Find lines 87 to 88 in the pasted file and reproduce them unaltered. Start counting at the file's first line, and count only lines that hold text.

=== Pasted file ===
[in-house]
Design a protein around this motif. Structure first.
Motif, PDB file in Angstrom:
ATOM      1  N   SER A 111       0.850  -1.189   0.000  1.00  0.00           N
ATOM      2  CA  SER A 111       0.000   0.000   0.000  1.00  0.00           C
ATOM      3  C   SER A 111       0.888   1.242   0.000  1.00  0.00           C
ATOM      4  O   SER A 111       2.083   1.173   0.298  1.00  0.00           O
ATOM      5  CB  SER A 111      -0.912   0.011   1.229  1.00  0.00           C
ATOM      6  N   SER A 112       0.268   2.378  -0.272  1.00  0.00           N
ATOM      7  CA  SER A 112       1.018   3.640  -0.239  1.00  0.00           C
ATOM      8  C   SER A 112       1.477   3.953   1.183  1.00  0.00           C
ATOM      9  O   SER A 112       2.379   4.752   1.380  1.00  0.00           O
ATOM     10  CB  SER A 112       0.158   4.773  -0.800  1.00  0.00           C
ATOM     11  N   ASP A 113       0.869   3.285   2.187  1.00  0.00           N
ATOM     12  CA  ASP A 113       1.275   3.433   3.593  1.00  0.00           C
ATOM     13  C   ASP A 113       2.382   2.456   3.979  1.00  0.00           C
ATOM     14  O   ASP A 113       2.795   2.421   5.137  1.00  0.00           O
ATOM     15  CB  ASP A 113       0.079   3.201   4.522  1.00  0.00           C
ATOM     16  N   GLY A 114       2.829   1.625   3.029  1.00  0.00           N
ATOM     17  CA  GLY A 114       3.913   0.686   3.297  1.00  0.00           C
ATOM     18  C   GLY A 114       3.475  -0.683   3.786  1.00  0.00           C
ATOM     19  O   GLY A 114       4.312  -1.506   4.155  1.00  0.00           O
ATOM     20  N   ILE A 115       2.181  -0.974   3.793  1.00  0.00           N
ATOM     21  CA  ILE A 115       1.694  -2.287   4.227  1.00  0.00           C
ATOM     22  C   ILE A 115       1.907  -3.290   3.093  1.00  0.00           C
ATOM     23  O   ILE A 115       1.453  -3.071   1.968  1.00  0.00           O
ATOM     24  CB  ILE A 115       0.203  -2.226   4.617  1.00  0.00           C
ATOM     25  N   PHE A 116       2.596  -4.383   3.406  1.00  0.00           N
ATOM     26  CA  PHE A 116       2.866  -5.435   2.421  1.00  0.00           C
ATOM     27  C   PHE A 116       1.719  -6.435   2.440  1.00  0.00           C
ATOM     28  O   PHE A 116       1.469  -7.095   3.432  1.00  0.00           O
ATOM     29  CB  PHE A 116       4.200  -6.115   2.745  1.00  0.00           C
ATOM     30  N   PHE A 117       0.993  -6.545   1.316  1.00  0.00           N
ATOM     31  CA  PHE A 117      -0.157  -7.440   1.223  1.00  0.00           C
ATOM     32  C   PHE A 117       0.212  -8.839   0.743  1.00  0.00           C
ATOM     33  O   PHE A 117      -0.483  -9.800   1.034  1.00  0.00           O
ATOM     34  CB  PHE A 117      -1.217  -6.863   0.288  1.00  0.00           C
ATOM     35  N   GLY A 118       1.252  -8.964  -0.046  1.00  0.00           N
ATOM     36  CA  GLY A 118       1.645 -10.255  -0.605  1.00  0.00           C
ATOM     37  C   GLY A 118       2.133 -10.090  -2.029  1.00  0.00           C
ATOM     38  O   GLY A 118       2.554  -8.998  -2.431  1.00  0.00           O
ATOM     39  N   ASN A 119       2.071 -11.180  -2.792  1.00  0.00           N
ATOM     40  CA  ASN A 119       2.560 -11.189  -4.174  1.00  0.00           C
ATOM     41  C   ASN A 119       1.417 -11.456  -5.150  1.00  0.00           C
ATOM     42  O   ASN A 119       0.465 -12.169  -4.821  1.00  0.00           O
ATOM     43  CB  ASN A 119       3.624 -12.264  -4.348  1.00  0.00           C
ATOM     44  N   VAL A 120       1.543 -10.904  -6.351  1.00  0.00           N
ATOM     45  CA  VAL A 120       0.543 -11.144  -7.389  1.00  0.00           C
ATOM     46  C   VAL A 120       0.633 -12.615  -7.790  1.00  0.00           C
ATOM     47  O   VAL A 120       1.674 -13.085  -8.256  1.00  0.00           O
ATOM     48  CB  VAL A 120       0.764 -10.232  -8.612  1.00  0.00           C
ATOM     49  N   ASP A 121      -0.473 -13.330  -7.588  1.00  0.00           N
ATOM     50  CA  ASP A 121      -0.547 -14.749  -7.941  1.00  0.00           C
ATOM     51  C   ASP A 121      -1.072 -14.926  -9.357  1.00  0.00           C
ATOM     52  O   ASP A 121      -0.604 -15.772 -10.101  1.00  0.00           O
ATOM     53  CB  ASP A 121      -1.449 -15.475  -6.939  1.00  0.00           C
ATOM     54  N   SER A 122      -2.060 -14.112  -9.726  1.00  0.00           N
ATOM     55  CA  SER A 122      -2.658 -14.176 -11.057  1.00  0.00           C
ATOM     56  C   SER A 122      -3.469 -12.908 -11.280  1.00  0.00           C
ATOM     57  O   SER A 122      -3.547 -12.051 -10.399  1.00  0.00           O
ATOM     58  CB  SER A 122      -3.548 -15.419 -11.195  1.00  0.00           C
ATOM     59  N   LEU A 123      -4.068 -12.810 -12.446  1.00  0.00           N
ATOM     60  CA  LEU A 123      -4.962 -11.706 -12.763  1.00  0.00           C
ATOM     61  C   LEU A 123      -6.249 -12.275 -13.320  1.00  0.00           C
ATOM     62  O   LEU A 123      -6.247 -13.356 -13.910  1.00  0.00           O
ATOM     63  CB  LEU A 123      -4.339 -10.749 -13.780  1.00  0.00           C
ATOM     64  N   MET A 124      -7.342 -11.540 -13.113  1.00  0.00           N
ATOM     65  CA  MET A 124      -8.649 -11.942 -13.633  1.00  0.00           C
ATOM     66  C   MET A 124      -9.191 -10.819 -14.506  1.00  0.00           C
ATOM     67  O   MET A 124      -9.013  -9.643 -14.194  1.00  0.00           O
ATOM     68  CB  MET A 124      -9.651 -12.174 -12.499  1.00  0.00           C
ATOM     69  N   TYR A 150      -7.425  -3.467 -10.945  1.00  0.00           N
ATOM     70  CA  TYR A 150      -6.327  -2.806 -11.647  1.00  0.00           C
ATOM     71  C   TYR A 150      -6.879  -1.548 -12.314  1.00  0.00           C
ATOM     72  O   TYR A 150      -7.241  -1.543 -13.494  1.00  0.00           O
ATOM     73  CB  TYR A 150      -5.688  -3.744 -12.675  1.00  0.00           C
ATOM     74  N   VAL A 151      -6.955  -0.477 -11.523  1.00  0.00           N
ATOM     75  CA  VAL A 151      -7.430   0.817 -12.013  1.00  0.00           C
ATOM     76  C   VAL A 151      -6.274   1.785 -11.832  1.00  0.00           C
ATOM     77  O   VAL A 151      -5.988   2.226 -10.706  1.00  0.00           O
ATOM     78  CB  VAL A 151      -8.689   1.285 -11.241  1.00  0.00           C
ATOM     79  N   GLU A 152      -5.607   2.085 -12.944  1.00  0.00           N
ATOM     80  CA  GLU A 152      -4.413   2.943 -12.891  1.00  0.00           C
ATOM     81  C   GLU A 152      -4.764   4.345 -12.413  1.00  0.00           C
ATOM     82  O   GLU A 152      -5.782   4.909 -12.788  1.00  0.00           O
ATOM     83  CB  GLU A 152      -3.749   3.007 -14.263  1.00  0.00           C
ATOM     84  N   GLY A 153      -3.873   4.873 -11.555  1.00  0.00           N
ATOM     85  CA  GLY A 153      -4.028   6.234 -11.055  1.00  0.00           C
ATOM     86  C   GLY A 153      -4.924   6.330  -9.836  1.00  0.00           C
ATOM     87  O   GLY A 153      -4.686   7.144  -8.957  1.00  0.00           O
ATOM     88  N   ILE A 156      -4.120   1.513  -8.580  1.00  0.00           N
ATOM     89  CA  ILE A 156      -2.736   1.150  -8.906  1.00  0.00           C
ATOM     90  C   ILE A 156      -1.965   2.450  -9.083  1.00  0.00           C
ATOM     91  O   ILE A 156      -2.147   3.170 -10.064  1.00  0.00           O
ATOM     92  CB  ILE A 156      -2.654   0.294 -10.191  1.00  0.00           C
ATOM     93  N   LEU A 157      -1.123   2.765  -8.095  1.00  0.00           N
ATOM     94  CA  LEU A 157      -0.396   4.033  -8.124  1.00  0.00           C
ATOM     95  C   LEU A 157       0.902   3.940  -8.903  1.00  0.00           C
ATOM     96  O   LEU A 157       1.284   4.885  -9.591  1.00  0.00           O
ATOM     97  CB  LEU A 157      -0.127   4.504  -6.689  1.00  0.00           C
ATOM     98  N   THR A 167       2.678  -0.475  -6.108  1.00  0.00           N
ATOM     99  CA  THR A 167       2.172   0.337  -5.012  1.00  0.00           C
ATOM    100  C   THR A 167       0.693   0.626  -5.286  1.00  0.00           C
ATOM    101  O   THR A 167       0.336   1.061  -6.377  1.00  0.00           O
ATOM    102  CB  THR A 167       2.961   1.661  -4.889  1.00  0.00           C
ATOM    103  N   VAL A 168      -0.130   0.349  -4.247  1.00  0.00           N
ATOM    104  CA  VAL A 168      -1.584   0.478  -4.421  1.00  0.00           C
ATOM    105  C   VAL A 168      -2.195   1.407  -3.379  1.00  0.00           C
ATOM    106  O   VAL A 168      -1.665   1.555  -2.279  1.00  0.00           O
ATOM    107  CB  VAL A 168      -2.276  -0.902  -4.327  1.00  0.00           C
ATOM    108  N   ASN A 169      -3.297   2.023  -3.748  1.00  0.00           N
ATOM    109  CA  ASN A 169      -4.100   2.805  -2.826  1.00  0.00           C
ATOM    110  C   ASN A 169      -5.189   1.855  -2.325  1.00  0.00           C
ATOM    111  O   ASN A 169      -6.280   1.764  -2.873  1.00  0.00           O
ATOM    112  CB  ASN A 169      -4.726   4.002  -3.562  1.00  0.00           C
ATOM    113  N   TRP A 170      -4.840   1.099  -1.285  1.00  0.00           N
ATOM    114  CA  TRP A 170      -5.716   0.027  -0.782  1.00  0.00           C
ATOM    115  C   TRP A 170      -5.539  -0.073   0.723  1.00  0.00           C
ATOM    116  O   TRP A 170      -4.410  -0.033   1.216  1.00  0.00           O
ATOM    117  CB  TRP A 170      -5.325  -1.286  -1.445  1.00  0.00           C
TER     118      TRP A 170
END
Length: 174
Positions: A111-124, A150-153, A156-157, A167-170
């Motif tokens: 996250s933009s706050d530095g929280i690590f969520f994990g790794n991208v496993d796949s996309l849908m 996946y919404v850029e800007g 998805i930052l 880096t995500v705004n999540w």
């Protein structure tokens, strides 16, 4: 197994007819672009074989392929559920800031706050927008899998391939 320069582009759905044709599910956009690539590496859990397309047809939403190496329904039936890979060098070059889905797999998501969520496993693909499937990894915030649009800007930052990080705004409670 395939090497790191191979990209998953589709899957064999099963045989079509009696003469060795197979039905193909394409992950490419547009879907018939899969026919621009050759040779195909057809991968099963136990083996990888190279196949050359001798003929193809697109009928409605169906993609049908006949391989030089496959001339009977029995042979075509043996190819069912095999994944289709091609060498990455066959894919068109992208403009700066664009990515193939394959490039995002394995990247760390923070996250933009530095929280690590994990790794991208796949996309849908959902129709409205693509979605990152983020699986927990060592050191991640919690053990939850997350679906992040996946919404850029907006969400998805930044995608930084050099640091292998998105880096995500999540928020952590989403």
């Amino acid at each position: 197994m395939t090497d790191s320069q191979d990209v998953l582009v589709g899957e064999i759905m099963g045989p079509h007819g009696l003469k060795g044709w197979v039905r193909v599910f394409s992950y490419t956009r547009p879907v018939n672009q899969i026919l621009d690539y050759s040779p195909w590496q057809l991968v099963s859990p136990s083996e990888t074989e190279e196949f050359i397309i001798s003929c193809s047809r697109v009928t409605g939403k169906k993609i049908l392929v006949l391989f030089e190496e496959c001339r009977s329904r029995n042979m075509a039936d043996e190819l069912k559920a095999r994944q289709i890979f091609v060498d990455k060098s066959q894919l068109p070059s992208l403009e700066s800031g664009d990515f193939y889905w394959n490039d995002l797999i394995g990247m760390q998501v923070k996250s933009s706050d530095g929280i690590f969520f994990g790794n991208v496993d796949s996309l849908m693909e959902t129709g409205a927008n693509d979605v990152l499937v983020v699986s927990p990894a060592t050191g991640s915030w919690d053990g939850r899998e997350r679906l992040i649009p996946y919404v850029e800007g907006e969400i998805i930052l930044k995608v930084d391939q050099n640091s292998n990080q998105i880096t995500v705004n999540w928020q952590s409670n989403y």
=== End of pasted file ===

ATOM     84  N   GLY A 153      -3.873   4.873 -11.555  1.00  0.00           N
ATOM     85  CA  GLY A 153      -4.028   6.234 -11.055  1.00  0.00           C